Windhoek-Government currently has N$65 million worth of unclaimed monies in the Guardian’s Fund, the Deputy Minister of Justice, Lidwina Shapwa, announced in the National Assembly on Wednesday.
Shapwa said the unclaimed money, which consists of funds from deceased estates and inheritances, had not yet been distributed due to estates not having been finalised.
Shapwa said there is currently – considerably, but understandably – pressure from the public on securing speedier finalisation of estates and payouts of inheritance from the fund.
“It is common cause that the passing of loved ones negatively affects the livelihood of those they leave behind (especially minors), who have a direct interest in securing speedier finalisation of the affairs of the deceased which include inheritance.”
However, it is often forgotten that there are many players in the administration of a deceased estate and that prescribed statutory tasks need to be performed before final distribution can be made, she added.
She said the Master of the High Court also has a duty to ensure that fraudulent activities are curbed in the process of determining the right heirs.
“Many stakeholders have to play their respective roles in contributing to the speeding up of various processes overseen by the Master.”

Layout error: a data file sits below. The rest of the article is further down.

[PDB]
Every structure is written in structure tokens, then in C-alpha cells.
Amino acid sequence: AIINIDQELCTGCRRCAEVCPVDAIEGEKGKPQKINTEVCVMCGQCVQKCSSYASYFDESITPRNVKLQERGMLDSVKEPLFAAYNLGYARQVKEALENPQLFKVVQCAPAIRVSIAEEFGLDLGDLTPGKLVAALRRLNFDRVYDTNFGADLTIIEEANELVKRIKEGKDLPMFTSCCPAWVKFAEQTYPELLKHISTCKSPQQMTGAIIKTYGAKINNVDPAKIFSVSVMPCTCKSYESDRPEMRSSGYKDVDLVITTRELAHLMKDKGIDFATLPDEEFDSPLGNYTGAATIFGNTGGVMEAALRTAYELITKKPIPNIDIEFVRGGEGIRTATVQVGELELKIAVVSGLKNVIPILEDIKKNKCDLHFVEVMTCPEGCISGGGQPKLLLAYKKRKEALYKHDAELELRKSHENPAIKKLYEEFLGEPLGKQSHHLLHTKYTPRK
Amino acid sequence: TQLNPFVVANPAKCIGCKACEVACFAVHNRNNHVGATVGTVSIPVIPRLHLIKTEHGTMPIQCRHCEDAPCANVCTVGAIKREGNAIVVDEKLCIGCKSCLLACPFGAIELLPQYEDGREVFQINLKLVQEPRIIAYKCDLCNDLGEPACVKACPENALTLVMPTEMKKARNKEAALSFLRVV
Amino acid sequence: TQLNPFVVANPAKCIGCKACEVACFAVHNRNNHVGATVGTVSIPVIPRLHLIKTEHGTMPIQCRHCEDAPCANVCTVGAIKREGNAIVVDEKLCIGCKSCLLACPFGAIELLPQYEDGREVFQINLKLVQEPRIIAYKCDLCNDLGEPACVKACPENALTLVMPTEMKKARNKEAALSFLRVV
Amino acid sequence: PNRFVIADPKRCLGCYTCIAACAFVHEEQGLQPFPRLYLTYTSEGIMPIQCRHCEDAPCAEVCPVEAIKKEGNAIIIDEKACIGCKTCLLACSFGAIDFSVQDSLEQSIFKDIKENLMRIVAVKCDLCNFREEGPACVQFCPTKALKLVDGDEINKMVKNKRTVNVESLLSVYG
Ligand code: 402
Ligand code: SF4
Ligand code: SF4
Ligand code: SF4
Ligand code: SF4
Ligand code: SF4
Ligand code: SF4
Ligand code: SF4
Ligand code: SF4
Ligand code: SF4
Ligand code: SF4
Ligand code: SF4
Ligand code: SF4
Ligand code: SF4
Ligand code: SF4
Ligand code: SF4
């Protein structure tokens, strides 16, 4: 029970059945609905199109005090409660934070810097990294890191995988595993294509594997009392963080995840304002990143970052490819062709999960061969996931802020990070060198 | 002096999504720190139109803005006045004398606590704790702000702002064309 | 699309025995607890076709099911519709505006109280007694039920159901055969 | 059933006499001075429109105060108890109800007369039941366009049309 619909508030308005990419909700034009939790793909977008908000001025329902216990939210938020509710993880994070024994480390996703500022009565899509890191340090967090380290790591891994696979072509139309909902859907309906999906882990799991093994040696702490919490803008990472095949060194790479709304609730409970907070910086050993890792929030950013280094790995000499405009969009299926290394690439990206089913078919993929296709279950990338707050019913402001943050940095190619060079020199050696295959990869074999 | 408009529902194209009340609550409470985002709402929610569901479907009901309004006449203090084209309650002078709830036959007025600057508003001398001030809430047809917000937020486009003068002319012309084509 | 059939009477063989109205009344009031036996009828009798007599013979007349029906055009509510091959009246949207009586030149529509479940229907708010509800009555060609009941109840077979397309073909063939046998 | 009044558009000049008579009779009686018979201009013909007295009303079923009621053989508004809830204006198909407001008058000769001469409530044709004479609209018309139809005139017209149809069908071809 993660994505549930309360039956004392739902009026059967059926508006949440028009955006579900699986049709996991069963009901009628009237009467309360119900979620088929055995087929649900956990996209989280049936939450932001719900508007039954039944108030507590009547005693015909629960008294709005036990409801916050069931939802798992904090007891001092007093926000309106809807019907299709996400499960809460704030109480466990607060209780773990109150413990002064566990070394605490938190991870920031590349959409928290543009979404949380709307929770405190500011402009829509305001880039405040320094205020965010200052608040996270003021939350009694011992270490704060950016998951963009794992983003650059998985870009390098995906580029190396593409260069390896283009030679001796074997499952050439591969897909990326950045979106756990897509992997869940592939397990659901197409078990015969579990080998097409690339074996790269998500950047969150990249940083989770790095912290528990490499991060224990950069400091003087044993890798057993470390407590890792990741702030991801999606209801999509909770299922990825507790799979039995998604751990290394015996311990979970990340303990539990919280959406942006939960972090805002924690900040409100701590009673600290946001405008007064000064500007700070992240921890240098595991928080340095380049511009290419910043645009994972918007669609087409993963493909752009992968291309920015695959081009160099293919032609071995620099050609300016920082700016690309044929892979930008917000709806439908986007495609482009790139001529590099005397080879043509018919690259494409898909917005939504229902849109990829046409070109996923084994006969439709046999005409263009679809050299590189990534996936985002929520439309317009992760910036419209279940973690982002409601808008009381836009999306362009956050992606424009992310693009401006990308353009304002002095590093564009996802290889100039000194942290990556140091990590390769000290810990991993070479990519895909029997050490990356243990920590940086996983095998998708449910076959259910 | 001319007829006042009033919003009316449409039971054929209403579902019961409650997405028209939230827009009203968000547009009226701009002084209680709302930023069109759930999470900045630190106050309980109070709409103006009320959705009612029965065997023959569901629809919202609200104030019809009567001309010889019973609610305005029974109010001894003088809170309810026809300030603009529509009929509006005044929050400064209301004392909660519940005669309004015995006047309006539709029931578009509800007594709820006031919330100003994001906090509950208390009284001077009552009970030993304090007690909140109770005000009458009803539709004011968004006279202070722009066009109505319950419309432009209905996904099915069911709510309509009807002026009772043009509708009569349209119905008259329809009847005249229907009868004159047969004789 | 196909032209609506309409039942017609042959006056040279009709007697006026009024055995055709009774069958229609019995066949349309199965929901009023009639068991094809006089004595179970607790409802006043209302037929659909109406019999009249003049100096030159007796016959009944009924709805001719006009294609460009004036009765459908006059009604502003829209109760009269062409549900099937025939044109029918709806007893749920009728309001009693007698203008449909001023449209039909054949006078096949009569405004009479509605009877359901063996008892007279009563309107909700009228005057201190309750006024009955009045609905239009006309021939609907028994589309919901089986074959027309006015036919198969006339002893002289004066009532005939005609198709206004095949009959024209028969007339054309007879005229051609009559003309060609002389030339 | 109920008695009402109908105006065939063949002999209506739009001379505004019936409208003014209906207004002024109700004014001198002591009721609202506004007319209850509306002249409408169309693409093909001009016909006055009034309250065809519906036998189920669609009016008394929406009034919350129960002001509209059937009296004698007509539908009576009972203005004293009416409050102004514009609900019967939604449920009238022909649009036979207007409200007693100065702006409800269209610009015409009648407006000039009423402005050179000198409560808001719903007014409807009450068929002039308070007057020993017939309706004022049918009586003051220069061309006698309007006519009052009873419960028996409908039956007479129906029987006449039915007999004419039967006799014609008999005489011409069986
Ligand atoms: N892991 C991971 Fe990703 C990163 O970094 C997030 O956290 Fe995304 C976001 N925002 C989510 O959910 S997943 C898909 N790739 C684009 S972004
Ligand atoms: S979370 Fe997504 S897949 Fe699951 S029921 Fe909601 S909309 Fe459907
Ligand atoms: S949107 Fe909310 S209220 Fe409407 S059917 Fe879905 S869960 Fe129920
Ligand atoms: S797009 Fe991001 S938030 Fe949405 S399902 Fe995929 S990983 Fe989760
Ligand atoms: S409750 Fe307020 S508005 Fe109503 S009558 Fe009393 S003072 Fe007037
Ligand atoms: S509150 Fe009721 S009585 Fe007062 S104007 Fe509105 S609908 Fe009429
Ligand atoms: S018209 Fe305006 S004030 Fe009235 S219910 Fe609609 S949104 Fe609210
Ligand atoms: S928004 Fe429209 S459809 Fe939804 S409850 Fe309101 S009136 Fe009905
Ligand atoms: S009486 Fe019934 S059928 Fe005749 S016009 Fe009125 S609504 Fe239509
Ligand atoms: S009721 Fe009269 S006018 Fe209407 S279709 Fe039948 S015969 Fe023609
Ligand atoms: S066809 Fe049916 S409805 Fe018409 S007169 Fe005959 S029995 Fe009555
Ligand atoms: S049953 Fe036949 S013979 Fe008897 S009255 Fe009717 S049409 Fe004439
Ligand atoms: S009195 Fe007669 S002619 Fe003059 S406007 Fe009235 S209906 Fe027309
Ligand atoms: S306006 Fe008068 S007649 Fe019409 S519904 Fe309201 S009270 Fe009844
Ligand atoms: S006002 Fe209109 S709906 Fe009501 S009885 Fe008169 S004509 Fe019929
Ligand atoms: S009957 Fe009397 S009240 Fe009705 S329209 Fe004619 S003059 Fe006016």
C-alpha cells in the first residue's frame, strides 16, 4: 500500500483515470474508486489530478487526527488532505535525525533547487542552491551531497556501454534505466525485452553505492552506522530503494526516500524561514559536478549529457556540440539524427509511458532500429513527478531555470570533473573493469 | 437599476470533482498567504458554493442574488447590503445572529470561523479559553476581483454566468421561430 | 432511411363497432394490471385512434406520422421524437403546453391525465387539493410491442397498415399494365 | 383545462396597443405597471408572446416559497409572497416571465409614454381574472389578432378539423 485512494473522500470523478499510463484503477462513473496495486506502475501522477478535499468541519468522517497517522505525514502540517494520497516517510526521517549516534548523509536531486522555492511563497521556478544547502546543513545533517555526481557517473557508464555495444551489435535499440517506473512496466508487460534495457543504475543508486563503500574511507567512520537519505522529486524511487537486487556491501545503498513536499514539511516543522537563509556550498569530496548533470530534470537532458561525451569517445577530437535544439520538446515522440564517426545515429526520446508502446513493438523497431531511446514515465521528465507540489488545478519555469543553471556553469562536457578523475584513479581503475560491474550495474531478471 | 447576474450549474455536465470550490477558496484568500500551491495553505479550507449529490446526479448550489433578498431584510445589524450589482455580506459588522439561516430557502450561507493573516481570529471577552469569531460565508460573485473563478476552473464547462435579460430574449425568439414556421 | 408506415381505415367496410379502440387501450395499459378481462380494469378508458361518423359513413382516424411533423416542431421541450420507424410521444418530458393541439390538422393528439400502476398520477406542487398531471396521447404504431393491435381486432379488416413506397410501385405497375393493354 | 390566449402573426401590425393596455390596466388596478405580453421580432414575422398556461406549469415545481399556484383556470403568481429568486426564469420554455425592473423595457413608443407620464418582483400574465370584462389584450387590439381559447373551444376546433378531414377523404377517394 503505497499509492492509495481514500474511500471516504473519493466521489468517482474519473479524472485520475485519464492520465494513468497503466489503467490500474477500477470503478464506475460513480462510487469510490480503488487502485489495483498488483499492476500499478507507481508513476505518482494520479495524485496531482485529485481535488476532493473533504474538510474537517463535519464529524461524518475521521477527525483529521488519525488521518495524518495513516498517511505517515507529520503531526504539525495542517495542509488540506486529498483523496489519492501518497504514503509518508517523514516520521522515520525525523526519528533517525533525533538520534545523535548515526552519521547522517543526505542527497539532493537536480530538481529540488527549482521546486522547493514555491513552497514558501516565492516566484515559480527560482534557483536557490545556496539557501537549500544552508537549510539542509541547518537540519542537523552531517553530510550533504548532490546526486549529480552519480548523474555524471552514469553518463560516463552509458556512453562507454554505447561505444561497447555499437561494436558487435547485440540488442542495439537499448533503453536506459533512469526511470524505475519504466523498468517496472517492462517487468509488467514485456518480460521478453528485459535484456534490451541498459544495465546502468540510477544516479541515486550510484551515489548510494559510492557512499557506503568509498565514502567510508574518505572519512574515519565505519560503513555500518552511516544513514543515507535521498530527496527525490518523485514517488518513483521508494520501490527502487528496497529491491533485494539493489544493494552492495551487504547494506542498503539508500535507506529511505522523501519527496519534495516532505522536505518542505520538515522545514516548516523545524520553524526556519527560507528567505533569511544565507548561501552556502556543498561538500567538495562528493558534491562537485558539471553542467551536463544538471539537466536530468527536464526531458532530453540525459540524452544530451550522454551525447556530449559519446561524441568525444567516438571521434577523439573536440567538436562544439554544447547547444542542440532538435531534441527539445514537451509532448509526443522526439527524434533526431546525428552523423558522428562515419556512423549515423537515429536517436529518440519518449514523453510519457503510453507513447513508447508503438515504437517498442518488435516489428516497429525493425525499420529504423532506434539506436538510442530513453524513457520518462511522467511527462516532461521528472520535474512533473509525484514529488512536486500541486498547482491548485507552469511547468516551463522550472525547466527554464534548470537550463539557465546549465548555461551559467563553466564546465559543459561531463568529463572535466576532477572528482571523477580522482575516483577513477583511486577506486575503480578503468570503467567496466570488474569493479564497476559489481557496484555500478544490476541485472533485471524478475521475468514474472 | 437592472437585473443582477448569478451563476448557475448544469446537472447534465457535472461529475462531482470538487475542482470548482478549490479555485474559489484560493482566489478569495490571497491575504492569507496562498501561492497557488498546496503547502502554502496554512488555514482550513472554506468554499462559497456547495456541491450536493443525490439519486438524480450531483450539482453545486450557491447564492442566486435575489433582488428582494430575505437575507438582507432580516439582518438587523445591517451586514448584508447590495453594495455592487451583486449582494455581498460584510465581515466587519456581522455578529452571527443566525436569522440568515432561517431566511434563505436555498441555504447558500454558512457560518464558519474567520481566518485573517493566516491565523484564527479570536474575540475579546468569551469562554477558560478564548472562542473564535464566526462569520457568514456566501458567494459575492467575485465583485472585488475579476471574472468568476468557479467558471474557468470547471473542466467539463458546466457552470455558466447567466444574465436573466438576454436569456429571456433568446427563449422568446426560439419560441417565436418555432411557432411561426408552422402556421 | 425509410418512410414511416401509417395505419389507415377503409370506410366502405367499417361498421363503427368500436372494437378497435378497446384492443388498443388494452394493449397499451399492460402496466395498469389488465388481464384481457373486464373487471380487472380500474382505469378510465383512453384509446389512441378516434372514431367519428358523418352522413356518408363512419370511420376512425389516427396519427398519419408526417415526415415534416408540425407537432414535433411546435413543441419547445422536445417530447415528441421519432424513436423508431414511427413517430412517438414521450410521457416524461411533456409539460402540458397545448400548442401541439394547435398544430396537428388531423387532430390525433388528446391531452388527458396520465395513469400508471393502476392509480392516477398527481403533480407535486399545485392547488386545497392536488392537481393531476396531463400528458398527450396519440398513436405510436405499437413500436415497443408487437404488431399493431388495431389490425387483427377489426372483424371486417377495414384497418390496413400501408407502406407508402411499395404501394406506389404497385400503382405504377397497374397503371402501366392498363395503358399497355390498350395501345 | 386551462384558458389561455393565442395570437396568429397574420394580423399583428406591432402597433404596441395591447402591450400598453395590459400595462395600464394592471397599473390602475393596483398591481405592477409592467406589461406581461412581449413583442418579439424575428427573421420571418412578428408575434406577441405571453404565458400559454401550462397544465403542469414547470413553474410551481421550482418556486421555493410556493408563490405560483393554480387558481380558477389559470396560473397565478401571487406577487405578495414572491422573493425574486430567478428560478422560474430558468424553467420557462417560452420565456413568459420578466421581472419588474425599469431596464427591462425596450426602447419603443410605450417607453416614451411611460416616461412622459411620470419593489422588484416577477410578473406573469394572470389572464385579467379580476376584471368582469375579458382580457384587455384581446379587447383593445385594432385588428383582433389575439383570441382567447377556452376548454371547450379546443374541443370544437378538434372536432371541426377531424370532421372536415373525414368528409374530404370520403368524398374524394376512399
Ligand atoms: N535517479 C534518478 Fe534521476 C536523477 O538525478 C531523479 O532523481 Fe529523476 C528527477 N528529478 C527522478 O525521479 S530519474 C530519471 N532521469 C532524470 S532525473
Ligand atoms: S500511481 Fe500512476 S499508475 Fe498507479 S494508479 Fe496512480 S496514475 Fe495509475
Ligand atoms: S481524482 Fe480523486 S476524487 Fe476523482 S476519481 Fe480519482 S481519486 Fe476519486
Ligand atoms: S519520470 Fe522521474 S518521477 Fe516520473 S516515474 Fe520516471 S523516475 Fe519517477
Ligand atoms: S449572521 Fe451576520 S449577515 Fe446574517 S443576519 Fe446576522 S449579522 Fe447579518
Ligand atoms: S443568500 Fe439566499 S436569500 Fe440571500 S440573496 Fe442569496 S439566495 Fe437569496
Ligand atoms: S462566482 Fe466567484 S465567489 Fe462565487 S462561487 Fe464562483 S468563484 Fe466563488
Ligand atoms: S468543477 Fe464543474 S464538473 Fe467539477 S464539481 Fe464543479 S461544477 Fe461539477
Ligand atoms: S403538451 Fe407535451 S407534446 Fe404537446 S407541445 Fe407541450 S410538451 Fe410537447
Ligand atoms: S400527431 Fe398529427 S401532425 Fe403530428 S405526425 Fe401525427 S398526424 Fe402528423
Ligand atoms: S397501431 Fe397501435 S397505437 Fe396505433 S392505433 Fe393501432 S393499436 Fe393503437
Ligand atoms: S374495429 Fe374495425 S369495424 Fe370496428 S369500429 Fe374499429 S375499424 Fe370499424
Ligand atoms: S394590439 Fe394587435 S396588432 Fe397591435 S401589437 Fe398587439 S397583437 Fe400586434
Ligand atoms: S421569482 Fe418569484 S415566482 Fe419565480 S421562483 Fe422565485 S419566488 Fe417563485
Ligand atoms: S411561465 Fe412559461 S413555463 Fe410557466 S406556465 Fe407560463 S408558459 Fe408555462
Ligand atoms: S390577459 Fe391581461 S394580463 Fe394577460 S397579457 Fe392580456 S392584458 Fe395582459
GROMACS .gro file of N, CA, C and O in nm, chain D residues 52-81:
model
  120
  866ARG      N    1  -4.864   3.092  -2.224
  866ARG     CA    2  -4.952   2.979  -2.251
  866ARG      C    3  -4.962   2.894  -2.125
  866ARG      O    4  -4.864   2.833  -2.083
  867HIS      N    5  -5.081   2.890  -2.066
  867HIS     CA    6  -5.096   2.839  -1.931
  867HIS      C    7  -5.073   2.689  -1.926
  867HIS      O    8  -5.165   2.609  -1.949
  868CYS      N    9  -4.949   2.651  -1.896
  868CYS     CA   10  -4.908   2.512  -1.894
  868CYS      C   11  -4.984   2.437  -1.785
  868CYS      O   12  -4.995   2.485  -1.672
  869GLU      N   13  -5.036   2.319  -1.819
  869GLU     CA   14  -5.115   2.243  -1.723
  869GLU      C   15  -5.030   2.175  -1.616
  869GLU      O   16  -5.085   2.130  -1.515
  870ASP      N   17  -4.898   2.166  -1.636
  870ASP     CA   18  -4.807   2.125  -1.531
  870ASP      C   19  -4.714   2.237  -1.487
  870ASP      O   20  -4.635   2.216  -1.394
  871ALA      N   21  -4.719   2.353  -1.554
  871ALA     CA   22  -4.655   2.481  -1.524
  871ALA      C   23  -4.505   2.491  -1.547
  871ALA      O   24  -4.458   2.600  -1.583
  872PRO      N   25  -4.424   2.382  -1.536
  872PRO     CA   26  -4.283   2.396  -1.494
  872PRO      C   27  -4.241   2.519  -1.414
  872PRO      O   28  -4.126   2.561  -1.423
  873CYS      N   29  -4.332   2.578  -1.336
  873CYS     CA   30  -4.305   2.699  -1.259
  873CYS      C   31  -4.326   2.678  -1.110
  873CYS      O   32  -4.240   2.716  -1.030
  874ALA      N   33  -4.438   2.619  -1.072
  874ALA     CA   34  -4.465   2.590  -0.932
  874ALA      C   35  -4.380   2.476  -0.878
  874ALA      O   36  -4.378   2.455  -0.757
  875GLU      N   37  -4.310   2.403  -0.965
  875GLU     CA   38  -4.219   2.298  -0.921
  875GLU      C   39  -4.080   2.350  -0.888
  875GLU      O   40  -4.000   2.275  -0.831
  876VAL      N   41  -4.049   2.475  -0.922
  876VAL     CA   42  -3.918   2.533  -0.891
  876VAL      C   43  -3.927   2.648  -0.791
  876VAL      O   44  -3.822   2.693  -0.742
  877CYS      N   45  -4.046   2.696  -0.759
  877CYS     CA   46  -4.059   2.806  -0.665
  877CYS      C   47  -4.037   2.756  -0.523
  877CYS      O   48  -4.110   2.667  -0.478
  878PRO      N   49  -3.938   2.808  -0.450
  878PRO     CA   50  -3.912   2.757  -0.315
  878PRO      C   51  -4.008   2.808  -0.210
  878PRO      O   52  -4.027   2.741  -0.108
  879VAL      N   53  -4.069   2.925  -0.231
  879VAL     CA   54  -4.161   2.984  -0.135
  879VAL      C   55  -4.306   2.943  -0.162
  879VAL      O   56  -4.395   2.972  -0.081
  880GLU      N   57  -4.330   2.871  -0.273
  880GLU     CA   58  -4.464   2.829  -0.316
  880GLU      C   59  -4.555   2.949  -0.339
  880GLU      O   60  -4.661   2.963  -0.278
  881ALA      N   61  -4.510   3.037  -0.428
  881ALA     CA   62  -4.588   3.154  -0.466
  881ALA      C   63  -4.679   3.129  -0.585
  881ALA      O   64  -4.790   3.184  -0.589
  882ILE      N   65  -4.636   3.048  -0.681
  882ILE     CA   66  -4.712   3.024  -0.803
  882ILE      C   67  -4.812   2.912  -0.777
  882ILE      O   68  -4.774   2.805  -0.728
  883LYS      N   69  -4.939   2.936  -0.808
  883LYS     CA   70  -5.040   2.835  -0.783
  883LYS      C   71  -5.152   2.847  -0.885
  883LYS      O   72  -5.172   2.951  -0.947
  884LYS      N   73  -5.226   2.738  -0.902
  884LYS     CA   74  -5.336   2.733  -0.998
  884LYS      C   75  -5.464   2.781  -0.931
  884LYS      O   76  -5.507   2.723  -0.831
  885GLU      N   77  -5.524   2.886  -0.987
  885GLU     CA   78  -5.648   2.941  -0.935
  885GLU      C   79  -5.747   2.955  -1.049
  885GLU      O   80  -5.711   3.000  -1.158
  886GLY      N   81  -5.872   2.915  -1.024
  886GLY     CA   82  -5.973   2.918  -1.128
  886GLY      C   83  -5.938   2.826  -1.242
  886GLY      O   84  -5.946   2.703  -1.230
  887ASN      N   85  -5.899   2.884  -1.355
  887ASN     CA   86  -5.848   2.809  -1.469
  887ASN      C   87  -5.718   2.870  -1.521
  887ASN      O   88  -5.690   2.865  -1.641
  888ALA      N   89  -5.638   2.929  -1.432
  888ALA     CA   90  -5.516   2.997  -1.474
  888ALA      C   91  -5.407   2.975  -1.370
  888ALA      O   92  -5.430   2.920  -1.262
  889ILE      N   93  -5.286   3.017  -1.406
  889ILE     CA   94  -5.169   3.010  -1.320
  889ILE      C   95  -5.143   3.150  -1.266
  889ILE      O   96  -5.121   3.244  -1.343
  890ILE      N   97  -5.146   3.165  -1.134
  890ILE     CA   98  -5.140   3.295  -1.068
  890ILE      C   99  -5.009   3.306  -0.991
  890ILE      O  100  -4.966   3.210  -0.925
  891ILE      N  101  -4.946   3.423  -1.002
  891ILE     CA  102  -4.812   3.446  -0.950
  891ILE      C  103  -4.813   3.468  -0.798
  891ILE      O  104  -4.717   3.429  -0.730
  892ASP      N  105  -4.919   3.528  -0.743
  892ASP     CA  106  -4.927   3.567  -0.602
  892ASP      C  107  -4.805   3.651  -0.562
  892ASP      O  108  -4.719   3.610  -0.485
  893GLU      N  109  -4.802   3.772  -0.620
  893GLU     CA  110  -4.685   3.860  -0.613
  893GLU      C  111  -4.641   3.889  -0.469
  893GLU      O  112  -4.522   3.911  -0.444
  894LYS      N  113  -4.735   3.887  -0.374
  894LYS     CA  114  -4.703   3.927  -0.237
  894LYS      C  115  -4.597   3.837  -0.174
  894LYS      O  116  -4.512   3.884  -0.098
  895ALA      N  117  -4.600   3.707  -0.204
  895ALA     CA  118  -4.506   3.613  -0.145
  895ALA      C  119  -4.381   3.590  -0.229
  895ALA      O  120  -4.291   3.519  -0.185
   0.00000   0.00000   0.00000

According to Shapwa the Master, who administers the Guardian’s Fund, currently has N$1.3 billion on the fund’s books, which consists of N$1.2 billion for minors and N$65 million as unclaimed monies.
She said the fund currently lists 24,784 minors as beneficiaries regarding capital received in the amount of N$883 million and accumulated interest earned in the amount of N$417 million.
Shapwa said most guardians prefer to save the funds of minors and do not claim from the minor’s account, which allows the funds to grow tremendously.
“Guardians mostly claim for educational expenses,” she added.
Shapwa said the Master is currently implementing a financial management system to assist the directorate to speed up service delivery, supervision of the administration of deceased estates, trusts, insolvencies and curatorship.
“The intention was to create a paperless work environment, automatic case working process, and improve efficiency, productivity and transparency in the delivery of quality service to the public.”
She said prior to the introduction of the case management system, the work at the Master’s offices relied heavily on the use of a manual process of recording information and a register to capture data on the number of cases and accounts held at the Guardian’s Fund, and other work streams.